It has been revealed that Northumbria University students can travel for free between Chillingham Road in Heaton and the Civic Centre, whereas Newcastle University students have to pay for tickets.
The number one Stagecoach bus costs £1.90 for a single ticket for students wishing to travel between Heaton and the Marjorie Robinson Library Rooms. A tip-off from a fourth year Law student revealed that, because Northumbria University has campuses located by each of these bus stops – their City and Coach Lane campuses – they offer free transport to both students and staff using their student card. The free bus service is furthermore not just limited to daytime use, as it valid from 7am to 10:15pm seven days a week, which is beyond the usual lecture period.
The partnership covers five designated stops between Northumbria’s City and Coach Lane campuses
The partnership has been amended since its introduction to cover not just direct travel between the City Campus (Civic Centre) and Coach Lane Campus (Chillingham Road) stops, but also between designated stops at the corner of Sandyford Road and Portland Terrace, the junction of Portland Road and Warwick Street, and the Warwick Street/Stadium.
Despite the partnership being established to facilitate transport between the two campuses, however, many students take advantage of the free transport for purposes other than this. The student revealed that some Northumbria University students who are based only on the City Campus use the buses to travel between their accommodation and the city centre or the main City Campus.
A Northumbria University spokesperson said: “Recognising student feedback we entered into partnership with Stagecoach to provide students free travel, funded by the University, between our City and Coach Lane Campuses in March 2015. This point to point service also includes evenings and weekend travel. Since then we have developed the offer to include additional stops in Heaton and is still very popular, so much so, that Stagecoach recently agreed to provide additional buses on the route during peak times at the beginning of semester.”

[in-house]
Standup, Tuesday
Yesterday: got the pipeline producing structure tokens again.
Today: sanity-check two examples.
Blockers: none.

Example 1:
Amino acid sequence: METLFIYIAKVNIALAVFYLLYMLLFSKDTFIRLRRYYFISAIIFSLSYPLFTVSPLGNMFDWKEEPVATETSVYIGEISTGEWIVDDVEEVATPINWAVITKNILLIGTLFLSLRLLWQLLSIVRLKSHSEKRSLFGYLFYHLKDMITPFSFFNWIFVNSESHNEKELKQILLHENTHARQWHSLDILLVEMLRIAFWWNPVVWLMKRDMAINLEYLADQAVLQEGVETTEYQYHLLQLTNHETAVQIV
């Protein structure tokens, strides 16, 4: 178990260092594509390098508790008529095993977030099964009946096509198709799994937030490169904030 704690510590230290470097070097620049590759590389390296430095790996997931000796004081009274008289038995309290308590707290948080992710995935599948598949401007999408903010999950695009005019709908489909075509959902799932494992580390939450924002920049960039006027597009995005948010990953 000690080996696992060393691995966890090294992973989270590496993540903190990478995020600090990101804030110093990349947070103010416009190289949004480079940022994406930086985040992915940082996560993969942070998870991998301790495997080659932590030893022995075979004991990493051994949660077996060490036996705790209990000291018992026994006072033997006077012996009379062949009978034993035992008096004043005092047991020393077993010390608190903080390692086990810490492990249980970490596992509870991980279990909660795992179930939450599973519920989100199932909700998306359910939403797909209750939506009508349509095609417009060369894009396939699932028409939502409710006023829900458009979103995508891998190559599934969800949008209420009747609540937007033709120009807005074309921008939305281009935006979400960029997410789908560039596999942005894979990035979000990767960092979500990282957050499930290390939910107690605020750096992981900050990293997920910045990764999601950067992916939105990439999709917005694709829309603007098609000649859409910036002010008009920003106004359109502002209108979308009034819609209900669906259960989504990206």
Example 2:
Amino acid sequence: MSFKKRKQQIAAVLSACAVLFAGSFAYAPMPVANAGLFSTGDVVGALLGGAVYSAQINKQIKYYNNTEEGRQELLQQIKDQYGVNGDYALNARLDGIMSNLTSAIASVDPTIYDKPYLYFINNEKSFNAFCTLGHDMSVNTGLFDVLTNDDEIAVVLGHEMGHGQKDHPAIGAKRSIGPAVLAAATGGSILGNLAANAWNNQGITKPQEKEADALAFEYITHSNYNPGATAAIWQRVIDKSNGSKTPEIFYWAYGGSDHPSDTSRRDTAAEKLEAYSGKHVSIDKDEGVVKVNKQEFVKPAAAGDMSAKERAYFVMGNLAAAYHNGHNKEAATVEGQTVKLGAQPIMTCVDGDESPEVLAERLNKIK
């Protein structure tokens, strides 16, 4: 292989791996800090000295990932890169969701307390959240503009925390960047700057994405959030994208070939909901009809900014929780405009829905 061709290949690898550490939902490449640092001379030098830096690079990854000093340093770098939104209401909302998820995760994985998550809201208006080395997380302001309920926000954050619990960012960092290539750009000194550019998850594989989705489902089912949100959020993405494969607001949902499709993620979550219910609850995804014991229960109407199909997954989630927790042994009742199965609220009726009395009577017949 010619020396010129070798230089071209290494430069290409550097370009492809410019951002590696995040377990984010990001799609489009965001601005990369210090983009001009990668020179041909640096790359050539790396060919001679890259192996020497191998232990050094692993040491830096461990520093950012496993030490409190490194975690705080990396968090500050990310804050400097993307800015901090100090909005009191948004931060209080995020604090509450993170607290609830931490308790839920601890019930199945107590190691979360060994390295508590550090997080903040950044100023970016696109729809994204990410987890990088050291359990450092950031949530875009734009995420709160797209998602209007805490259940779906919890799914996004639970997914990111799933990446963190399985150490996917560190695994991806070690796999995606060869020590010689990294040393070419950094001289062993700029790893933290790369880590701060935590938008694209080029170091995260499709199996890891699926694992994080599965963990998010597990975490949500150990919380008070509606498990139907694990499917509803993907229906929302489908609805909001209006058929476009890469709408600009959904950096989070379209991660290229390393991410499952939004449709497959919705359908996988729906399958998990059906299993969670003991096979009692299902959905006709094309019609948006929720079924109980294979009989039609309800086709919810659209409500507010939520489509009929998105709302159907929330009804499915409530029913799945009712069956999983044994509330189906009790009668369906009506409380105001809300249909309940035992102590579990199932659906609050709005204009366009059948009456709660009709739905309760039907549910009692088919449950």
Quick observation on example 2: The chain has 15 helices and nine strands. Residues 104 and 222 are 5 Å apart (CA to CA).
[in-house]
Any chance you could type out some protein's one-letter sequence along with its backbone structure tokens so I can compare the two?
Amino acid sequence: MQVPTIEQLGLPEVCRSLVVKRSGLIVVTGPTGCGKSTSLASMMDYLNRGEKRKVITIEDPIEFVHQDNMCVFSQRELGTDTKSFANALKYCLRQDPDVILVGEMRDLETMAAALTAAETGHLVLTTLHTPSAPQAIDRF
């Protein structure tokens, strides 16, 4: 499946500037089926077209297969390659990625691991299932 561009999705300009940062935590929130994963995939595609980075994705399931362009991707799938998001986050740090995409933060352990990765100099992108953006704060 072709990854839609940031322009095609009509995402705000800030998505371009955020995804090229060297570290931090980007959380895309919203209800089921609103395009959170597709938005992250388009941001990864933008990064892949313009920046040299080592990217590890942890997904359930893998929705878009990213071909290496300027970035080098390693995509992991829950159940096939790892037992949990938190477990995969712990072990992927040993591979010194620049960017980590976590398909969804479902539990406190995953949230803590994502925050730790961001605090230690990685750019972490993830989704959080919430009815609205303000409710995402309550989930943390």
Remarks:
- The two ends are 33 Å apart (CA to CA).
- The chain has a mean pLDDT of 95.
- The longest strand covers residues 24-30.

Discussing Northumbria’s policy, Commuting Students’ Officer Sian Dickie said: “I am aware that Newcastle University lacks transport cards and subsidies for its own students. This is my main priority for the year, and I already have plans underway to come up with a solution. I also take this route through Heaton, so understand this student’s frustration. However, the reason why Northumbria has this current benefit is due to their Inter-Campus Travel Scheme, as Northumbria University is split between Coach Lane Campus and the city centre. This doesn’t justify why Newcastle University hasn’t done something similar, but I do believe that if our University could negotiate for this route too, it would benefit many in our student population – particularly, people who take part in sport as their training area is next to the Coach Lane Campus, which the Northumbria students’ attend.”
One fourth year Law student said: “I find this extremely irritating, especially as we pay the same in student fees and Northumbria University supplements this travel yet Newcastle doesn’t. I didn’t mind about paying for the transport until I became aware that if I was simply in the university across the street it would be free. I personally find this as another example of Newcastle University not providing for their students as they could do.”
Students have argued that the lack of free travel for Newcastle University students shows its failure to provide adequate support for those from a lower socio-economic background. This is especially the case because students living in Heaton often do so because of the generally lower rents there, and thus it is home to many students from lower socio-economic backgrounds who would greatly benefit from free transport to campus.
A survey in April 2017 revealed that 58% of students in Newcastle felt under-represented within the Students’ Union as a working-class student
Despite the role of Commuting Students’ Officer being recently introduced, criticism has been attracted towards the lack of a Working Class Students Liberation Officer at the Students’ Union. This was once addressed in a motion brought to Student Council in 2017, in which it was argued that such an officer should be introduced to mirror the likes of Manchester University, the School of Oriental and African Studies, and St Hilda’s College, Oxford. This came following a survey revealing that 58% of students in Newcastle in April 2017 felt they were under represented within the Students’ Union as a working-class student. The motion proposed that the officer would “represent the interests of working class students within the Students’ Union, the University, and other appropriate organisations”, including being a member of the University’s Diversity Consultative Group and liaising with the Welfare & Equality Officer to provide representation, signposting and awareness to those affected by classism. This motion was ultimately rejected at Council.
Last modified: 29th October 2019